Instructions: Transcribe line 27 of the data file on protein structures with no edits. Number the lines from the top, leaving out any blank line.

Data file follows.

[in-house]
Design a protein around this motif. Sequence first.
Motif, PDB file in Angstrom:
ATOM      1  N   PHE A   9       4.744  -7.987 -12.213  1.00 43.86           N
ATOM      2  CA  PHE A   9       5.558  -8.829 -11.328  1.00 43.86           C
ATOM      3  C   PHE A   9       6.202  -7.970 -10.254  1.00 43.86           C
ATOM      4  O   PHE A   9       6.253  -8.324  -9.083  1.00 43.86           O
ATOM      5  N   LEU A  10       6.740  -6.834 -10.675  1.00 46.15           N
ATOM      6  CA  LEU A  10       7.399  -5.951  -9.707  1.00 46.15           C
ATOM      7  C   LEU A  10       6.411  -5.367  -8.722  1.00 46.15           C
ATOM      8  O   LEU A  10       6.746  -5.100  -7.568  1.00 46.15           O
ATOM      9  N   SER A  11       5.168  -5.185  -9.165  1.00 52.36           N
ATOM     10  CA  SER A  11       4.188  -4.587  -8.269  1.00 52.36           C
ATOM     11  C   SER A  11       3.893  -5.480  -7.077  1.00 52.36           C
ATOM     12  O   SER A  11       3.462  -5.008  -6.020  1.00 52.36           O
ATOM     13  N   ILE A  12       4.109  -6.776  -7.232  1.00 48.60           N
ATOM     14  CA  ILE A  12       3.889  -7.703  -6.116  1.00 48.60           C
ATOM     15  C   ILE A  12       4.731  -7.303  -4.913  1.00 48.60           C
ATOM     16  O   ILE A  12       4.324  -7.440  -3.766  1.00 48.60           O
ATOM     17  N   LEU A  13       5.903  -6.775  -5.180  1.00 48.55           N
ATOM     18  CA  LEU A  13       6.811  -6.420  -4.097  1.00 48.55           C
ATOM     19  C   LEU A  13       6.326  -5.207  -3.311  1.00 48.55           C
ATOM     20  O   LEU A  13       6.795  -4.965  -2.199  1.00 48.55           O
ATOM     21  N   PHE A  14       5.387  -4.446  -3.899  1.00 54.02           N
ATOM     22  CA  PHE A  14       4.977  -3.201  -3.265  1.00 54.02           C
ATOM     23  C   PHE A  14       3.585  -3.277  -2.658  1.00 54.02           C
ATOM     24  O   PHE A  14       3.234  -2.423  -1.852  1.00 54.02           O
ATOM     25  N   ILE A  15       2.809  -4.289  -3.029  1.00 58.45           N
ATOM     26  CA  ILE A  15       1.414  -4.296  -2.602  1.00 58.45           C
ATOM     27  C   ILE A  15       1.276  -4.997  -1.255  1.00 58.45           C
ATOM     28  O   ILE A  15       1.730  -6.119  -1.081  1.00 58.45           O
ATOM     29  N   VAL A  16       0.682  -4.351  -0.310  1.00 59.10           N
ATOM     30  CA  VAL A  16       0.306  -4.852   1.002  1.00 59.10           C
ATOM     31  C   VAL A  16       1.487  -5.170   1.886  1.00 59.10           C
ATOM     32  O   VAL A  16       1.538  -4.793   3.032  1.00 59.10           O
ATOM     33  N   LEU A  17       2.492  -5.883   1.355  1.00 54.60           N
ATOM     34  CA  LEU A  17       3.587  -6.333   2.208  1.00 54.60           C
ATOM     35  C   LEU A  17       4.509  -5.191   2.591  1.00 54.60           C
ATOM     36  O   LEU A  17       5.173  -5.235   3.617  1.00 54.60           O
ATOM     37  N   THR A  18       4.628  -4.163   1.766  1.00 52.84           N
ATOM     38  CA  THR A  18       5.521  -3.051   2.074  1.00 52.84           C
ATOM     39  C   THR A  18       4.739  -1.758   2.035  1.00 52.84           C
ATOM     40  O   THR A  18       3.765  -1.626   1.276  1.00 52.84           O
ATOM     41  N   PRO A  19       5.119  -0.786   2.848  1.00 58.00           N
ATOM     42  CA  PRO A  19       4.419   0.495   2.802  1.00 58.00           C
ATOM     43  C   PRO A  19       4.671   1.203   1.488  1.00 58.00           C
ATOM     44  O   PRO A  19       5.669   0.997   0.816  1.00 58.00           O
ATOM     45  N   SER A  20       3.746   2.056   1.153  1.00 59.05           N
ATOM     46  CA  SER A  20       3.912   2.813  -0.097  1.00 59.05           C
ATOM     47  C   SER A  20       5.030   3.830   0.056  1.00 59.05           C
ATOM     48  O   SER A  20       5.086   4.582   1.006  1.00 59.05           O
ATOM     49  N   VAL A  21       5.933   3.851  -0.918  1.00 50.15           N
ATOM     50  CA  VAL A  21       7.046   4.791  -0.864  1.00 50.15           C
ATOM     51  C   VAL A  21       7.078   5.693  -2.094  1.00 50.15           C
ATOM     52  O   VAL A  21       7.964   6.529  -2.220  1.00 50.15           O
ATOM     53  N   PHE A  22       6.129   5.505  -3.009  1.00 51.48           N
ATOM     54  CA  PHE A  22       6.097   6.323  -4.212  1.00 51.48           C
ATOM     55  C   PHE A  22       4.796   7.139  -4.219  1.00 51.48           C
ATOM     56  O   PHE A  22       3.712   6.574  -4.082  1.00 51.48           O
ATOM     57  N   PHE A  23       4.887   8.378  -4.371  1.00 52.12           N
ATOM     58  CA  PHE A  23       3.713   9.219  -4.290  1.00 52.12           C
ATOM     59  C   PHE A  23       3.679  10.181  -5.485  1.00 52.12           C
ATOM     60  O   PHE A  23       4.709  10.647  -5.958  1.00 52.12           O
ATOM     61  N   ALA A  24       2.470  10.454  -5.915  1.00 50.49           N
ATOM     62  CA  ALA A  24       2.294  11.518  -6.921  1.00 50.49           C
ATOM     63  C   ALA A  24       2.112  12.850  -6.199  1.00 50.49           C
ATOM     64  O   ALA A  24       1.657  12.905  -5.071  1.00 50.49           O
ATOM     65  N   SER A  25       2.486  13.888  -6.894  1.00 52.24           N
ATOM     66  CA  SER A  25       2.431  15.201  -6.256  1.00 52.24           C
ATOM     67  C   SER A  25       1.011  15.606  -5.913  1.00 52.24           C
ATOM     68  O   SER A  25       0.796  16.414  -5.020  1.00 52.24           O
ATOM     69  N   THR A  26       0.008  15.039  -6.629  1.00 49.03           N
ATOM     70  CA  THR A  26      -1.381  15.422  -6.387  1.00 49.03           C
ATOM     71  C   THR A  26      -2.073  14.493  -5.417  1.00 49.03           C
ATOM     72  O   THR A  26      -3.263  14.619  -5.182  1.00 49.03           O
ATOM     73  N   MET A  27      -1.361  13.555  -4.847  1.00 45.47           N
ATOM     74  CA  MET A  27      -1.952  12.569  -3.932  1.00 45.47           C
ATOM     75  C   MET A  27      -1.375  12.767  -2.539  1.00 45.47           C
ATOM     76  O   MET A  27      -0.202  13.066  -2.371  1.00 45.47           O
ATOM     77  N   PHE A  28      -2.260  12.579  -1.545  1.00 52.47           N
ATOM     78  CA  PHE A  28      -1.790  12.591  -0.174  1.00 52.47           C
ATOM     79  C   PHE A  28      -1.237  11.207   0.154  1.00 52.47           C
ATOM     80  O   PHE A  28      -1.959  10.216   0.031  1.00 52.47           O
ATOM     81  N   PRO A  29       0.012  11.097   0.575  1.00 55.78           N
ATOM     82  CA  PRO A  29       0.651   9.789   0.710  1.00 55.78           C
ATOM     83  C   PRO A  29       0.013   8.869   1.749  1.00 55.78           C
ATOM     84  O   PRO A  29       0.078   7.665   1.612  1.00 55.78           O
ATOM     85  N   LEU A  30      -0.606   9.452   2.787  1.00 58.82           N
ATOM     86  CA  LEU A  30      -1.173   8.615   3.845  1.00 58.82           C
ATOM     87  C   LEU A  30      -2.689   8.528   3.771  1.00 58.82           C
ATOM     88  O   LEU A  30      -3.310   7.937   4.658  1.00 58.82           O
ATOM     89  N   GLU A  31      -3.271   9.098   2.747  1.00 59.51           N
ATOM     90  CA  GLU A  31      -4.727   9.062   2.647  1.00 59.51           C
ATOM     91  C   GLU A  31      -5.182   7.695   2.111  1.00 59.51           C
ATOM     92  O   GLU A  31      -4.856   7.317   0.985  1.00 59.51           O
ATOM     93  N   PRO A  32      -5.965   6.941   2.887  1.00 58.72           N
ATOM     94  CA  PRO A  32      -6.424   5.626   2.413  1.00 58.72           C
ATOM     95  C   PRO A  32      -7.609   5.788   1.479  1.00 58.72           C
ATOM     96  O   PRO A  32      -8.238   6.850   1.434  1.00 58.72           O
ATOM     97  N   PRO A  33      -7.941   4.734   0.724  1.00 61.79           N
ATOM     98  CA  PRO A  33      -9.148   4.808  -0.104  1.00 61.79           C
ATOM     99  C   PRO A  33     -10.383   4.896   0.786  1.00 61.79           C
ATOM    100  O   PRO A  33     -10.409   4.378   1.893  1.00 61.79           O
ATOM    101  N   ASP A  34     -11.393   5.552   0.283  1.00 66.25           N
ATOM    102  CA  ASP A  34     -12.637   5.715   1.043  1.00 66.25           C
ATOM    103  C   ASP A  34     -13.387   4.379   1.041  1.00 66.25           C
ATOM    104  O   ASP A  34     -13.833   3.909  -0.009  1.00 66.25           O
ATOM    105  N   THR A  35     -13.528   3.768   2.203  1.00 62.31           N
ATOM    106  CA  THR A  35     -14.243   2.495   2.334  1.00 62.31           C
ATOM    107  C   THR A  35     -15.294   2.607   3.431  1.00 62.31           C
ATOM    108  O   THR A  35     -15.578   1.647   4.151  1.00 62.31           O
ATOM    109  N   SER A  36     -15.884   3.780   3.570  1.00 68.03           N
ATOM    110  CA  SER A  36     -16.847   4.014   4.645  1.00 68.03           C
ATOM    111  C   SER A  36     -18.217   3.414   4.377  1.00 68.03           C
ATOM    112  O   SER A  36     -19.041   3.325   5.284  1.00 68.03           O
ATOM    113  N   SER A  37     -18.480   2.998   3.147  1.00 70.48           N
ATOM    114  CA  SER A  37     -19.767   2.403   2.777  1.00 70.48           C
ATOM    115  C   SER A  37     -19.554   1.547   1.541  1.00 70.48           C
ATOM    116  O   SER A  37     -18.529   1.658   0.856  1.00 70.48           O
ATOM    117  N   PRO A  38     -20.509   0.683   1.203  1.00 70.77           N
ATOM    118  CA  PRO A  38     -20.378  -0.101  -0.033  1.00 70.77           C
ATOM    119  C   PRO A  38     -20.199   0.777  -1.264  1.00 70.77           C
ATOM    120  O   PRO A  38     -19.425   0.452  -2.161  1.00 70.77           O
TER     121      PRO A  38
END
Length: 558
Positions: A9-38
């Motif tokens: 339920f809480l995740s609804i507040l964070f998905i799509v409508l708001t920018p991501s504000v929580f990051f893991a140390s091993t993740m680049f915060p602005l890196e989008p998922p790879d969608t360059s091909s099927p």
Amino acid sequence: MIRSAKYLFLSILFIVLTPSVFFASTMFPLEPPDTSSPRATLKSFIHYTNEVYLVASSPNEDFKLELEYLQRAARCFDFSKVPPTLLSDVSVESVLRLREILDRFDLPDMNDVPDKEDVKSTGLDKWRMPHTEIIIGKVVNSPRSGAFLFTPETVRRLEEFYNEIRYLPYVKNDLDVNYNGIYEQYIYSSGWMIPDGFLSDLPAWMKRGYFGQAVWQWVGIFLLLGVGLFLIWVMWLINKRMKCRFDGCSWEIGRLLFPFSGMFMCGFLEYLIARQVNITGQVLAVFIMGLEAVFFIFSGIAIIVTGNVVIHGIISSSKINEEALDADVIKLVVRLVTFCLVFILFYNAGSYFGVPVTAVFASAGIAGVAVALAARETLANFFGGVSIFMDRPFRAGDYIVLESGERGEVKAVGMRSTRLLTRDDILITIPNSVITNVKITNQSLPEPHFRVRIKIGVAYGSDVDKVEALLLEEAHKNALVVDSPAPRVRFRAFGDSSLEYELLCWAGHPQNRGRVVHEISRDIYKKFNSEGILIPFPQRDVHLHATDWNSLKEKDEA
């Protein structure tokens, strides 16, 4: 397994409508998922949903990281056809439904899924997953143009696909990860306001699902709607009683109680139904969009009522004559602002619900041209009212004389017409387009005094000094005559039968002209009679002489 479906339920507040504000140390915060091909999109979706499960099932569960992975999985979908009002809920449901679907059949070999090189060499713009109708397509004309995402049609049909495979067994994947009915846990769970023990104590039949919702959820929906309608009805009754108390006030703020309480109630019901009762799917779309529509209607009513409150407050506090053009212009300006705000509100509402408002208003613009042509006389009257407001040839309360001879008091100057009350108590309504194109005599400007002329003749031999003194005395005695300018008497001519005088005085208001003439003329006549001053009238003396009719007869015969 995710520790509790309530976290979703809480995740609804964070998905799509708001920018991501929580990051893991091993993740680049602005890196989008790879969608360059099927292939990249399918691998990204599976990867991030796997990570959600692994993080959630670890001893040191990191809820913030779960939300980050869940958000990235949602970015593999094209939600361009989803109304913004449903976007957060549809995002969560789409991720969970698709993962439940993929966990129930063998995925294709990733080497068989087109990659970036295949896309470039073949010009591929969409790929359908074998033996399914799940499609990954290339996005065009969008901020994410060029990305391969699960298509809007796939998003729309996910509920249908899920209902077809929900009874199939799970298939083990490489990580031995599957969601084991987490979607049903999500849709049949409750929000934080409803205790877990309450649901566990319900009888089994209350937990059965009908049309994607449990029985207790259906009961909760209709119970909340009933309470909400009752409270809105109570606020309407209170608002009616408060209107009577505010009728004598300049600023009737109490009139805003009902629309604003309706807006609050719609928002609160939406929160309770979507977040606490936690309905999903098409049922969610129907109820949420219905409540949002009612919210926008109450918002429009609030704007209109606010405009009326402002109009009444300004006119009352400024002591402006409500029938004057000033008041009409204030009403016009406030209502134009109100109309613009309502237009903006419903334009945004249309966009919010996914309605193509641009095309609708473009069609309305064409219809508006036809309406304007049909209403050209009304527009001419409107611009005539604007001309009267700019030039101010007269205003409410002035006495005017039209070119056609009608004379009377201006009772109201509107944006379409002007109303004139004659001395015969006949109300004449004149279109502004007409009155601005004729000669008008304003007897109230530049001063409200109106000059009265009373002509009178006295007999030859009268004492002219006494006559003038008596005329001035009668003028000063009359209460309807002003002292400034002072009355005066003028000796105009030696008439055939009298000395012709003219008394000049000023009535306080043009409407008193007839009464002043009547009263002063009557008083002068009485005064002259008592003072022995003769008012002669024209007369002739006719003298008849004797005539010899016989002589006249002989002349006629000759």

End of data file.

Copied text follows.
ATOM     24  O   PHE A  14       3.234  -2.423  -1.852  1.00 54.02           O